Calling Sag Harbor a great place to raise a family, Mr. Stafford added, “this is no longer our little home. It has been found. I’m just trying to keep it as long as possible.”

Mr. Stein, a therapist who now serves as deputy mayor, said there were many key issues facing the village, and cautioned against expecting easy fixes for any of them.

He said he was “passionate” about finding ways to manage “water and the health of the harbor and the way water is absorbed by this whole village.”

Mr. Stein said he would like to see the village review the code to see that it is keeping up with the times. The village, he added, needs to determine what infrastructure projects it will tackle first and where it can find new sources of revenue. An immediate challenge, he added, is that once the village police contract is finalized, the village will be headed right back to the bargaining table because of the short term of the new deal. He noted that negotiations have not been particularly cordial and said it was important to stabilize the contract for the long term because police costs account for more than half the budget.

“I think we really have to look at what our priorities are,” he said. “The character of the village is something we want to protect.”

When it comes to safeguarding water quality in the bay, Ms. Schroeder said a systematic plan needs to be put in place to install larger catch basins and dry wells to prevent as much initial runoff as possible. She also said she expected the village would eventually have to undertake a major upgrade of its sewage treatment plant.

The village will have to work with its neighboring towns and Suffolk County to tackle water monitoring and pollution abatement solutions.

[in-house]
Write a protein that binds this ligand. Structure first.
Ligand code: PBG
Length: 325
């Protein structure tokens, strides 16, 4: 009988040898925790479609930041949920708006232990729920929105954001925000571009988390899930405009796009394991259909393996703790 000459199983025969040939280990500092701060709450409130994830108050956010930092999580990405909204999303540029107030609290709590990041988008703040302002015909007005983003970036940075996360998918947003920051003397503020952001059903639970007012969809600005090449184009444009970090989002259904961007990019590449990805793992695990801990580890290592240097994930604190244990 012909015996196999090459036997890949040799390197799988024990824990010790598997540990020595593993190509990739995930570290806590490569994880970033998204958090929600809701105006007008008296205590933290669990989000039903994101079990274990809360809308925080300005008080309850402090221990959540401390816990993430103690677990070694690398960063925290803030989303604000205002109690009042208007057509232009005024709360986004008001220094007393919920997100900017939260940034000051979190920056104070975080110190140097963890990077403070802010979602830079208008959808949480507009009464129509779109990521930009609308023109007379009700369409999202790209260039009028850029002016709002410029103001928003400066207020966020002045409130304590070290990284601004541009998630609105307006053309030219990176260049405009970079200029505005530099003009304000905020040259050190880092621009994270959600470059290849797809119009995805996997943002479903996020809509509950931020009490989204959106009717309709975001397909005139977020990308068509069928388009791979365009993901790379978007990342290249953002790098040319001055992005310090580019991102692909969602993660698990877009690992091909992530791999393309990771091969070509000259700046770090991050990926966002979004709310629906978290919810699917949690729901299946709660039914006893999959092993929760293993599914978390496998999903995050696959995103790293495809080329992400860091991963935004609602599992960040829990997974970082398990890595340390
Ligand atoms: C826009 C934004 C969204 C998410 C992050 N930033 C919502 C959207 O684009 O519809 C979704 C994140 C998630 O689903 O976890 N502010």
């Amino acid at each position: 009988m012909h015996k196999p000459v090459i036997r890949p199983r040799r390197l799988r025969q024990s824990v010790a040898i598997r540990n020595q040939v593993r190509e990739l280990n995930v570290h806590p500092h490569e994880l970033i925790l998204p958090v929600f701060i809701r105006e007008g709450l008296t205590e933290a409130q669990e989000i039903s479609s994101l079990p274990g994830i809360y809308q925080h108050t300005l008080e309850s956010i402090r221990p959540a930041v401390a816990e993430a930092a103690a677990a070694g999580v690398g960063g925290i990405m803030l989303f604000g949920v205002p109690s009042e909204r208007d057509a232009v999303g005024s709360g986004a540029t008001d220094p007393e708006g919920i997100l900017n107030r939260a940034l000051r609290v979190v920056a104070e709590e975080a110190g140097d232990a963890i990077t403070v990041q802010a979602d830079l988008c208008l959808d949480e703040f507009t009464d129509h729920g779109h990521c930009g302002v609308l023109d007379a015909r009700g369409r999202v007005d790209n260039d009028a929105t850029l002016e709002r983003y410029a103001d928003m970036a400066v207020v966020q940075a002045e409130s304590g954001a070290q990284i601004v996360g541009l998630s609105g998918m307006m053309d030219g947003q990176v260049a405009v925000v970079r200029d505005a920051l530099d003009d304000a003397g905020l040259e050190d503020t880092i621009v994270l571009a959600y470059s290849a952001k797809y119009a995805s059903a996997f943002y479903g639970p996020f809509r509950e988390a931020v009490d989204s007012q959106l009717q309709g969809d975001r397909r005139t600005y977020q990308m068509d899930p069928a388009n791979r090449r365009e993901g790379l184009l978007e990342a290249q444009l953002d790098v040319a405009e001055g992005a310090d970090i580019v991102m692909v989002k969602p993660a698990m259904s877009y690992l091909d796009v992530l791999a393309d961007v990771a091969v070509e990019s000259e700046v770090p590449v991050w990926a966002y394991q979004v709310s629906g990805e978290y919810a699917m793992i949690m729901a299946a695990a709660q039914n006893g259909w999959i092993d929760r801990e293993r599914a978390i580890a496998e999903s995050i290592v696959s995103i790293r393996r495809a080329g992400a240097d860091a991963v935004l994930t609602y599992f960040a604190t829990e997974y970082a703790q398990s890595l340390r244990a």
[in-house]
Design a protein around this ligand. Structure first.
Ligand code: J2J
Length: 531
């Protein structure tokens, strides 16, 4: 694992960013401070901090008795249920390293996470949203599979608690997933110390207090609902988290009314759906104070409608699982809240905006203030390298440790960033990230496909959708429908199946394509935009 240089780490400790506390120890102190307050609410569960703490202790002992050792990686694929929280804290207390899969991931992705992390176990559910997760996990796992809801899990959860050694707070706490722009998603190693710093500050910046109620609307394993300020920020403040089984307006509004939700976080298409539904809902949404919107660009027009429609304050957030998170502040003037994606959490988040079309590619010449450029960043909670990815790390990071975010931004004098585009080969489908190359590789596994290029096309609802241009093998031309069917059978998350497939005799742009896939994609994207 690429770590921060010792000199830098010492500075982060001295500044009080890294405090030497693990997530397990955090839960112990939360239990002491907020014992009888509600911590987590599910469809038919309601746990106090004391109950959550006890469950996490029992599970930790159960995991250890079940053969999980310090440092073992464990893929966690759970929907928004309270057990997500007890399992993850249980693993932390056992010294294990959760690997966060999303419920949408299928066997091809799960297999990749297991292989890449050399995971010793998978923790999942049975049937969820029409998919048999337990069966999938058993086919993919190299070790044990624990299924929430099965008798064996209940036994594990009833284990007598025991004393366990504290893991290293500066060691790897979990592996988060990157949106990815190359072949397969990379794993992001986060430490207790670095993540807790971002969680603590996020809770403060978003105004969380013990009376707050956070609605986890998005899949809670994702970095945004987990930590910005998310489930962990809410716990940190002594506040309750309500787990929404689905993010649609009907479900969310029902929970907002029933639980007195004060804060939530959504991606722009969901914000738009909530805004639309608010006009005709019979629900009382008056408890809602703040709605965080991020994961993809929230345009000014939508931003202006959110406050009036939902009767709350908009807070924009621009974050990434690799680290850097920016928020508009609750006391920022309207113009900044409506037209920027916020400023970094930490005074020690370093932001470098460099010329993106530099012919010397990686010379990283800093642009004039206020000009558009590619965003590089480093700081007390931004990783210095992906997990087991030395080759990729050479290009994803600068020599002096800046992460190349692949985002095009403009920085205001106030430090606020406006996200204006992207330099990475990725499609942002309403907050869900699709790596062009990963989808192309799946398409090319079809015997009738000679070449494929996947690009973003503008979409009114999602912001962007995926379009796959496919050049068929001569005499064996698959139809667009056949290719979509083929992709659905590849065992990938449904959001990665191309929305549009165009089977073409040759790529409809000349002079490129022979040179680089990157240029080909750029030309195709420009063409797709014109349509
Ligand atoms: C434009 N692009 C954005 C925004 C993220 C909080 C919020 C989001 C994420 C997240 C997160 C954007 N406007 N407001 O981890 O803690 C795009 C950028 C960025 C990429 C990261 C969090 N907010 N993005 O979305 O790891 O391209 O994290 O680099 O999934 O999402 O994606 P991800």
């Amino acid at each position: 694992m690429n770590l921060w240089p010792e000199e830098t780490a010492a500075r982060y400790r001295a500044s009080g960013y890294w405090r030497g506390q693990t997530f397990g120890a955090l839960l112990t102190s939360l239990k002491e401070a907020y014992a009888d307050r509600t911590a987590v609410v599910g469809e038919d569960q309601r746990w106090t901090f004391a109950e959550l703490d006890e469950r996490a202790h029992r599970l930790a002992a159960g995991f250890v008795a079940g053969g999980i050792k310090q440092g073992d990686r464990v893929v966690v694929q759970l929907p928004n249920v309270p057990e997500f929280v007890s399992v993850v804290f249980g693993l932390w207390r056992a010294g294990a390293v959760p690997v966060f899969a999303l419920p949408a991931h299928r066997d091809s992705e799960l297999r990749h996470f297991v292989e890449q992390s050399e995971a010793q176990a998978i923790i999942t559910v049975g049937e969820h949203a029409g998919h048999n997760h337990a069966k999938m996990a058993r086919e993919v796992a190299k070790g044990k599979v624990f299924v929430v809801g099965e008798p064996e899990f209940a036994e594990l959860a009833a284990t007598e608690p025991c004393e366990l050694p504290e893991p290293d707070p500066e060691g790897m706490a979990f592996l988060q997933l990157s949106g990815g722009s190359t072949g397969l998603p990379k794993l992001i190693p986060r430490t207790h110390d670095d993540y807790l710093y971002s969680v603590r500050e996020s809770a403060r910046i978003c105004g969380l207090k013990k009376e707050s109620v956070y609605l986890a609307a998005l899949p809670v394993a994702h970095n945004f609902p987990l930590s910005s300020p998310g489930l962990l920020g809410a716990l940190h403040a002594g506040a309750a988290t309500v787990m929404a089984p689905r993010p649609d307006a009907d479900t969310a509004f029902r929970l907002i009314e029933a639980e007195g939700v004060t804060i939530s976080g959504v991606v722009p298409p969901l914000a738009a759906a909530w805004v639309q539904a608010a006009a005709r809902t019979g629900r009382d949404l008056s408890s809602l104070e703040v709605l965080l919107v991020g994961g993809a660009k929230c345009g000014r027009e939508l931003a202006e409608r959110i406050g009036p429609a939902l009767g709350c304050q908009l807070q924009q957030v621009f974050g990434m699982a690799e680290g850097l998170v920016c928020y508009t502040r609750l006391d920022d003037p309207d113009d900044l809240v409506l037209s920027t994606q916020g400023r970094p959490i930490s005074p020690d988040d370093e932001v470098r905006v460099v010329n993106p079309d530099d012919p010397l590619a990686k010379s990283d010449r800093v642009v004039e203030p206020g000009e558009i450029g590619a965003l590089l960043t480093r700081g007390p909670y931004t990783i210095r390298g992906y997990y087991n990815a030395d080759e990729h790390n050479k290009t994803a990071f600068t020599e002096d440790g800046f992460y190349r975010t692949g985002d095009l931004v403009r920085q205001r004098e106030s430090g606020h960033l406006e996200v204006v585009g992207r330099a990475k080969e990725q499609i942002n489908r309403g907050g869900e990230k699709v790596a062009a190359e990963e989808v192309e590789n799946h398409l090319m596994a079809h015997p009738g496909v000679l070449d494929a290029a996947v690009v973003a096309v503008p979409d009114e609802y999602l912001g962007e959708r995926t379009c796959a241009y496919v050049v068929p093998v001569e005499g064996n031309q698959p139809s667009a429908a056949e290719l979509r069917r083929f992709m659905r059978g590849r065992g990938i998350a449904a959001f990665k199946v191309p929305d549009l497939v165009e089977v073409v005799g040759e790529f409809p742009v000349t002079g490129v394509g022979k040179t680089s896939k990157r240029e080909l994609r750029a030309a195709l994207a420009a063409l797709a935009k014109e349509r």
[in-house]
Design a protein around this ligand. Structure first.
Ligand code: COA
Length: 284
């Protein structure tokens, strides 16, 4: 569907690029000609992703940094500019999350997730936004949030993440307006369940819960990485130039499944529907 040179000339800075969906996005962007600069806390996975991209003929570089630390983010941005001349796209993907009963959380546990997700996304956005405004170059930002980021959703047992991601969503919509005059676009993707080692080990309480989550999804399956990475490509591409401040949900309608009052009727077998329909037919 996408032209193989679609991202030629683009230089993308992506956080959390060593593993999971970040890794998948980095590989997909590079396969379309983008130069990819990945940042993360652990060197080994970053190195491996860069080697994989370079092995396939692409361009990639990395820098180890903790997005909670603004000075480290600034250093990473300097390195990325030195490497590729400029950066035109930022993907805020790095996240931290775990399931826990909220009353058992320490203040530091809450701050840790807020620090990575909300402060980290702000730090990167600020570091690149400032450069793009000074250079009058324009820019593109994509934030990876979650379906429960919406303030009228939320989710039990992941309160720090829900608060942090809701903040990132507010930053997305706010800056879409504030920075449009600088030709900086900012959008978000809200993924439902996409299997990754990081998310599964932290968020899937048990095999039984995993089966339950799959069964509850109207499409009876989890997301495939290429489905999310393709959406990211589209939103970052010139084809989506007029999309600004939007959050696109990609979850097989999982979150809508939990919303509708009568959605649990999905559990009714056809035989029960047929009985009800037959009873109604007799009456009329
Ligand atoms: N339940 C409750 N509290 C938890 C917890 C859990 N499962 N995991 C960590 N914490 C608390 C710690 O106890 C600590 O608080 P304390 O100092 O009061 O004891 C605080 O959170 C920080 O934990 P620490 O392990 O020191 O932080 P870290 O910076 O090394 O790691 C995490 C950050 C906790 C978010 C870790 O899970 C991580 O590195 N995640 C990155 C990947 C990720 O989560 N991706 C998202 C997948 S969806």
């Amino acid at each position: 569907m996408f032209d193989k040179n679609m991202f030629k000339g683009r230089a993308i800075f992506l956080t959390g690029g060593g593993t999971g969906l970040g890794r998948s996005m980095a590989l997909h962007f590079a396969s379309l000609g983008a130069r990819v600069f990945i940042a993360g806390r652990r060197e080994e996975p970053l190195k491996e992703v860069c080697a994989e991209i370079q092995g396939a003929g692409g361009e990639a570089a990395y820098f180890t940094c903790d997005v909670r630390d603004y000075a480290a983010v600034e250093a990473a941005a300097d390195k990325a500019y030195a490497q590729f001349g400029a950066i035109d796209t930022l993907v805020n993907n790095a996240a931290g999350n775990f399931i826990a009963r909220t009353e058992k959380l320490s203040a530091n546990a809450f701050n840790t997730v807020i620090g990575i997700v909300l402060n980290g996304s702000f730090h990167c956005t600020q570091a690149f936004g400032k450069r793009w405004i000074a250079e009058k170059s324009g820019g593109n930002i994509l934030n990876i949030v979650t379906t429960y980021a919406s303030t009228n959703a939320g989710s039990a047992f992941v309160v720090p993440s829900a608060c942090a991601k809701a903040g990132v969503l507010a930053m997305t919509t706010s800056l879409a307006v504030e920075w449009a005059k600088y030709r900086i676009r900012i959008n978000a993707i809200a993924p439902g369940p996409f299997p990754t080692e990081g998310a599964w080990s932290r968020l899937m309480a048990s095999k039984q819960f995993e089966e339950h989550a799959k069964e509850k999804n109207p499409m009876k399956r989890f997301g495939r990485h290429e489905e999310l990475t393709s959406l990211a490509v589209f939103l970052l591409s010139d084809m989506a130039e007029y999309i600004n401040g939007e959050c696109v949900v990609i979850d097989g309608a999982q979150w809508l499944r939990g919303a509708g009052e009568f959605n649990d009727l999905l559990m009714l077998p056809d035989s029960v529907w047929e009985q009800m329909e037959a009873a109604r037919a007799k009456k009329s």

“Sag Harbor can’t do it all by ourselves,” she said.

Mr. Stein, who has focused on runoff and water quality issues during his time on the board, disagreed.

“You can’t build big enough catch basins to hold the rainfall,” he said. It would be far more effective to try to retain as much rainwater on-site through porous natural solutions like rain gardens, which are typically planted depressions, which allow rainwater to be absorbed into the ground, he said.

He also disagreed that the sewage treatment plant needs to be expanded, saying it is operating at only about 30-percent capacity now.

Mr. Shaka said he was equally concerned about nitrogen seeping into the bay from overtaxed septic systems and said the village needs to collect baseline data of the situation by conducing regular water sampling.

He agreed with Ms. Schroeder that the village would be hard pressed to correct pollution on its own and said it would have to forge alliances with neighboring communities and levels of government to tackle the problem.

Mr. Stafford said the village could convert a portion of the Cilli Farm into a drainage and filtering area.

“Right now, it’s just a brushy pile of nothing down there,” he said, “and we’ve owned it for how many years?”

The ongoing contract dispute between the village and Sag Harbor Police Benevolent Association was also a source of concern.

“The bottom line is taxes,” said Mr. Stafford. “The smart thing to do is wait and see what the arbitrator is going to come back with and eventually put on a referendum and let the village taxpayers decide” if the village should maintain a department.

“I like having a police department,” he said, “I like having two on at one time.” But he added that the PBA has been unwilling to work with the village and suggested that the village would be better off going with a reduced force and hiring more part-time officers.

“If it goes to arbitration, you are in trouble,” said Ms. Schroeder. “Arbitration rarely benefits the village.”

Mr. Stein said the problem went deeper than negotiations. The village is limited because it can only hire officers from a local Civil Service list or the county list. He said the department would be able to hire young officers at lower wages if it could use the Southampton Town hiring list.

He said it was important that the police pay be controlled much as the village is controlling spending elsewhere.

“It has to be a consistent piece of the pie,” he said, adding that police will have to ask for smaller raises and contribute to their health care costs in the future.

“I like having an affordable police force,” said Mr. Shaka. “Let’s wait until the arbitration is in, but I can tell you what isn’t affordable—if police have 4-percent raises every year.”